To enjoy some unseasonably delightful cooler summer weather, we went out for a walk in the neighborhood. Sometimes I’m alone but this time I was chatting away with my husband. There was a dog barking as we took our usual path but I wasn’t concerned. Not only was I conditioned to trust their invisible fence but the owner was in the yard with the dog…talking on his cell phone.
In a surreal few seconds, the dog realized that she was not being held back by the fence. The owner had taken off the device that registered with the fence replacing it with a normal collar and leash preparing for their own walk around the neighborhood. He was distracted by his phone conversation and wasn’t holding the leash.
The dog tested her boundary a couple of times and then lunged at me. She sank her teeth into my leg drawing blood. The owner reacted quickly and pulled her back into their own yard apologizing but insisting that he couldn’t understand why she would have attacked me.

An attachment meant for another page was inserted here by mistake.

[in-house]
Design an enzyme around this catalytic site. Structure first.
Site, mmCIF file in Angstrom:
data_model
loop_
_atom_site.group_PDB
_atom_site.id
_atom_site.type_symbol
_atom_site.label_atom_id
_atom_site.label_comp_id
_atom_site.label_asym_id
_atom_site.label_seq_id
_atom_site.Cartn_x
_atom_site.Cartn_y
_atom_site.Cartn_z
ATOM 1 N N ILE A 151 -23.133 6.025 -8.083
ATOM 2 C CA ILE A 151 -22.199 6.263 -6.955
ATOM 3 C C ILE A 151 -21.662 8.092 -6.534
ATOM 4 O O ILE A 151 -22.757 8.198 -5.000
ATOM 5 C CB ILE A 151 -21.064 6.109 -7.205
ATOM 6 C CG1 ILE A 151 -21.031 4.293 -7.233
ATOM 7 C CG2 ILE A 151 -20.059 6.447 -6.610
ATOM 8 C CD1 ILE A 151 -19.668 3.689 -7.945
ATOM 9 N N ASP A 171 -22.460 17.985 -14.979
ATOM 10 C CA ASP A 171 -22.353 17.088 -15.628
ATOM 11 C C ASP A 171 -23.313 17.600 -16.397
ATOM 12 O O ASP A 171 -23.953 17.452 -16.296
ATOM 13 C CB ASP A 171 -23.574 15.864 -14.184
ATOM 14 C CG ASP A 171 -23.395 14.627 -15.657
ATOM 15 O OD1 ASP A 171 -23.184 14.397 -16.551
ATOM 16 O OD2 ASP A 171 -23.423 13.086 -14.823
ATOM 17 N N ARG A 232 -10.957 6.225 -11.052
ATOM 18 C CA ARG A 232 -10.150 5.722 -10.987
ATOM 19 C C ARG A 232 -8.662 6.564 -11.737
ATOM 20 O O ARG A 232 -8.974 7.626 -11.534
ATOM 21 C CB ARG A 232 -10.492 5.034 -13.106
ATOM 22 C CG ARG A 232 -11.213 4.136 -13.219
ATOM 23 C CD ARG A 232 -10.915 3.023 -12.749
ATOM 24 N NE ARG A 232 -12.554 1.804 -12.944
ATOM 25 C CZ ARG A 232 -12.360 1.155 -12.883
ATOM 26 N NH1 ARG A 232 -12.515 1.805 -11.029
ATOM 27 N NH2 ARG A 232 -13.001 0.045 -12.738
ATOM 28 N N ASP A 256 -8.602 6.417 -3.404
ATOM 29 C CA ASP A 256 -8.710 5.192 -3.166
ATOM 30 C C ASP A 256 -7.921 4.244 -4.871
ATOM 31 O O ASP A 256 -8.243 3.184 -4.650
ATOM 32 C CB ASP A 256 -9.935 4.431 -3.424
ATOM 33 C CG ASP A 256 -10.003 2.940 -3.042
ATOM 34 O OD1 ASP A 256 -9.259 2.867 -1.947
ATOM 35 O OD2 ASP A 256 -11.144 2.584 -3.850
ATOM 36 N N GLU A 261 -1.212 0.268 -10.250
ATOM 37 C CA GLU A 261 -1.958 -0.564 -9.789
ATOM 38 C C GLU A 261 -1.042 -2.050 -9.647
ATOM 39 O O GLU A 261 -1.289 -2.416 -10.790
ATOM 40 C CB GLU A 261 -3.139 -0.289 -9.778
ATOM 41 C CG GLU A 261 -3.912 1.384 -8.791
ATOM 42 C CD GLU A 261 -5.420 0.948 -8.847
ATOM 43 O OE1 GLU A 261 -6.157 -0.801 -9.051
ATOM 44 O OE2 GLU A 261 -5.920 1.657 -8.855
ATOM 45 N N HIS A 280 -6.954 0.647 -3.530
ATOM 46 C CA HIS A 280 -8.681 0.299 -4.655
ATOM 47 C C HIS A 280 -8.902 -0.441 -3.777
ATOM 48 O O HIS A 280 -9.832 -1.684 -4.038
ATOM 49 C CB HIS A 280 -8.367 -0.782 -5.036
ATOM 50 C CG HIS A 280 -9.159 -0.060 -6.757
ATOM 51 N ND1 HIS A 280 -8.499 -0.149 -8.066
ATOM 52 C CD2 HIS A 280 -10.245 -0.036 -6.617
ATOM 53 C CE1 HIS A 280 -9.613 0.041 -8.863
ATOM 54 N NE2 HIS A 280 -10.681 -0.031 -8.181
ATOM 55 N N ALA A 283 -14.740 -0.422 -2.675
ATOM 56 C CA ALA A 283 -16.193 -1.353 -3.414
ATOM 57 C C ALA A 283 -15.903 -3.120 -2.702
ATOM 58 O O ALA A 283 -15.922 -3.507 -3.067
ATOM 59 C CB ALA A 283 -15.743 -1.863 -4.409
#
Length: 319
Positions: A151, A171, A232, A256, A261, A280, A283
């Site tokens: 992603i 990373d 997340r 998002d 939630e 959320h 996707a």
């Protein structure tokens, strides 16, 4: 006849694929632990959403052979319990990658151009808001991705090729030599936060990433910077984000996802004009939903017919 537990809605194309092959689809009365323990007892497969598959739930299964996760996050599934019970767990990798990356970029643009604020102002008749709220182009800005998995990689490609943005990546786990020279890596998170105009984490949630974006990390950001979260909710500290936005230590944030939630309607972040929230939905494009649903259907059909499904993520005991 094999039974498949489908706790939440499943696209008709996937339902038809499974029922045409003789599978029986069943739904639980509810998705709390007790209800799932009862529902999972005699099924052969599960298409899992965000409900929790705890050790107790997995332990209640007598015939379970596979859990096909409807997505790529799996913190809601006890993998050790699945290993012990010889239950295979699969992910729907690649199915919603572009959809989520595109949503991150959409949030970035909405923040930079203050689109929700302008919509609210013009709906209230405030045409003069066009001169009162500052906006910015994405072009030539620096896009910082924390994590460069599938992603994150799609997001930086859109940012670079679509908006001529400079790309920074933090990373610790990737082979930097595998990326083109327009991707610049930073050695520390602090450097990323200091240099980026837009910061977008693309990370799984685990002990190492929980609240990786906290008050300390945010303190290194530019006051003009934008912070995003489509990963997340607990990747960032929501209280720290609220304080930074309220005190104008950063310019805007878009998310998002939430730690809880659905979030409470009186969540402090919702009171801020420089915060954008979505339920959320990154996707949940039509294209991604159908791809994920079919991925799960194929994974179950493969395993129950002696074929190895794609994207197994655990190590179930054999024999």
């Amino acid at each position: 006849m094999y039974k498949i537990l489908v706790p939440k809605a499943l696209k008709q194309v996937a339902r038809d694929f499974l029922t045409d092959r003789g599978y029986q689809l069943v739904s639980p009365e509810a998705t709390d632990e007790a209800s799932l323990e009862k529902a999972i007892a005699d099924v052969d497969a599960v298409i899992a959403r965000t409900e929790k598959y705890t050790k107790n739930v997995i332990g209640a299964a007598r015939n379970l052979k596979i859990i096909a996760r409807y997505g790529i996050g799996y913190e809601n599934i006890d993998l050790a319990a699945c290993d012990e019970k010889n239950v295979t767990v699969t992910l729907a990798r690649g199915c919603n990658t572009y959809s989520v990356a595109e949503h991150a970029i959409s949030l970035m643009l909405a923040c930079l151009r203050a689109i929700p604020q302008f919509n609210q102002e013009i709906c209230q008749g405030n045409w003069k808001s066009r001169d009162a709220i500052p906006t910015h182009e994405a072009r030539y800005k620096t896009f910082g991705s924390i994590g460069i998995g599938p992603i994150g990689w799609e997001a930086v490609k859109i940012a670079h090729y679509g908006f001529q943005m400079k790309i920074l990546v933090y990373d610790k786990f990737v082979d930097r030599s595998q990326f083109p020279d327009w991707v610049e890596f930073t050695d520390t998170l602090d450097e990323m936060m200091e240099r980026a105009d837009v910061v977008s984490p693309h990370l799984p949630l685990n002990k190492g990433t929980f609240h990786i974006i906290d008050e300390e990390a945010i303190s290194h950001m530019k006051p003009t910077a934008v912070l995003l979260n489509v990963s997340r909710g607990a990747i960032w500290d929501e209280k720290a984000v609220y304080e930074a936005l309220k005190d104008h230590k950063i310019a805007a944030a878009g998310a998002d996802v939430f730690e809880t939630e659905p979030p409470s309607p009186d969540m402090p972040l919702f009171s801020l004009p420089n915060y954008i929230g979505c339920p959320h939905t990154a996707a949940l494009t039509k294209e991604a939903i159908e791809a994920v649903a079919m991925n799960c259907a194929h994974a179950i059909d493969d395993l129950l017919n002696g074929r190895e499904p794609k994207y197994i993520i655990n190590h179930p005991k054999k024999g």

I experience PTSD every time I see a big dog…especially a doberman.
Even if two people use addiction to deal with their trauma or PTSD, the way they use their addiction will not be the same. Addiction is a uniquely personal experience.
That’s why we say that addiction recovery must be an individual job. We can provide guideance. We can act as a mentor. There are a lot of things you can learn from people who have already navigated the path.
In the end, the addict must develop an approach and a program to heal from addiction. They’re the only one who really understands how it works for them.